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02.04.2014 in Current News Bookmark and Share

Prof receives award for significant contributions to labour relations

York Professor Emerita Linda Briskin (MA ’77, PhD ’86) recently received the Sefton Award for Contributions to Labour Relations.

The award is meant to honour individuals who have made a significant contribution to the field of labour relations and human rights. It is in memory of Larry Sefton (1917-1973), who began his career in the labour movement on the picket line in Kirkland Lake, Ont., during the Second World War gold miners' strike. He later led the 1946 Stelco strike, held office in the United Steelworkers of America and became the director of District 6.

From left, Larry Sefton's daughter Laurel Sefton MacDowell, a professor of  history at the University of Toronto, hands Linda Briskin the Sefton Award for Contributions to Labour Relations

From left, Larry Sefton's daughter Laurel Sefton MacDowell, a professor of history at the University of Toronto, gives Linda Briskin the Sefton Award for Contributions to Labour Relations

“It has been a privilege to engage in scholarly work as a union and feminist activist. And when my research has helped to support the struggles and organizing of union women, it has been deeply rewarding,” said Briskin in her acceptance speech. She is a professor in the Department of Social Science and the School of Gender, Sexuality and Women's Studies in the Faculty of Liberal Arts & Professional Studies.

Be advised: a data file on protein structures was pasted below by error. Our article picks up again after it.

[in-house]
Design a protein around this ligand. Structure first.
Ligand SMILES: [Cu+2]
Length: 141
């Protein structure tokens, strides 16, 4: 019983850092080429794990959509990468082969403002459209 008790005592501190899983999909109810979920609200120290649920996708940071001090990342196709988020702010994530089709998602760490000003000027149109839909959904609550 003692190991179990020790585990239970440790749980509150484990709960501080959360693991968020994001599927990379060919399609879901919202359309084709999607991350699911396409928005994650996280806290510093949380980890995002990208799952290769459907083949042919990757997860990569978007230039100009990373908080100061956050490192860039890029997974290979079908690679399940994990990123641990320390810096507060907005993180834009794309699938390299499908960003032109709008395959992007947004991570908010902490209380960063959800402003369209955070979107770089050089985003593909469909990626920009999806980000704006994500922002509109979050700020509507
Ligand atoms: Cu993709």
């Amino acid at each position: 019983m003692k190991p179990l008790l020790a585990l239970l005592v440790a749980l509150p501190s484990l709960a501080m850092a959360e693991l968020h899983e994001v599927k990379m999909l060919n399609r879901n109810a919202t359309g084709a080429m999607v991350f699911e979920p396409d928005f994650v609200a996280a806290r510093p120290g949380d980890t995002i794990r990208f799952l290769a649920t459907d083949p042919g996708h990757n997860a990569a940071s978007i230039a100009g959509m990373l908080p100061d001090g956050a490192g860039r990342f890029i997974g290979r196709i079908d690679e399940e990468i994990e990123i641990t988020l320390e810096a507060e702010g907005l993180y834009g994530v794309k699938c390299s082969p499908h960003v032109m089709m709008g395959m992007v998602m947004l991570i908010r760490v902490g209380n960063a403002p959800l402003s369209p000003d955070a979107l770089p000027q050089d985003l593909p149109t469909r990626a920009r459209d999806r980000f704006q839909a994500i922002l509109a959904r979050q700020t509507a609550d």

“My involvement in the nascent women’s movement in Montreal in the 1960s and the Quebec common front strike in 1972 during my first year of teaching high school, demonstrated unequivocally the power of collective action and solidarity. These two experiences shaped my life – not only my union and feminist activism but also the direction of my scholarship,” she said.

Briskin thanked social justice activists “for their persistence, courage and dedication” particularly at a time when rights are facing constant attack, especially those of workers and unions. She encouraged them to protect the gains made by women and provide support to women of colour, older women, young women, native women, women with a disability, and lesbian and transgendered women.

Briskin received the award at a ceremony following the Annual Sefton Memorial Lecture at the University of Toronto March 18.

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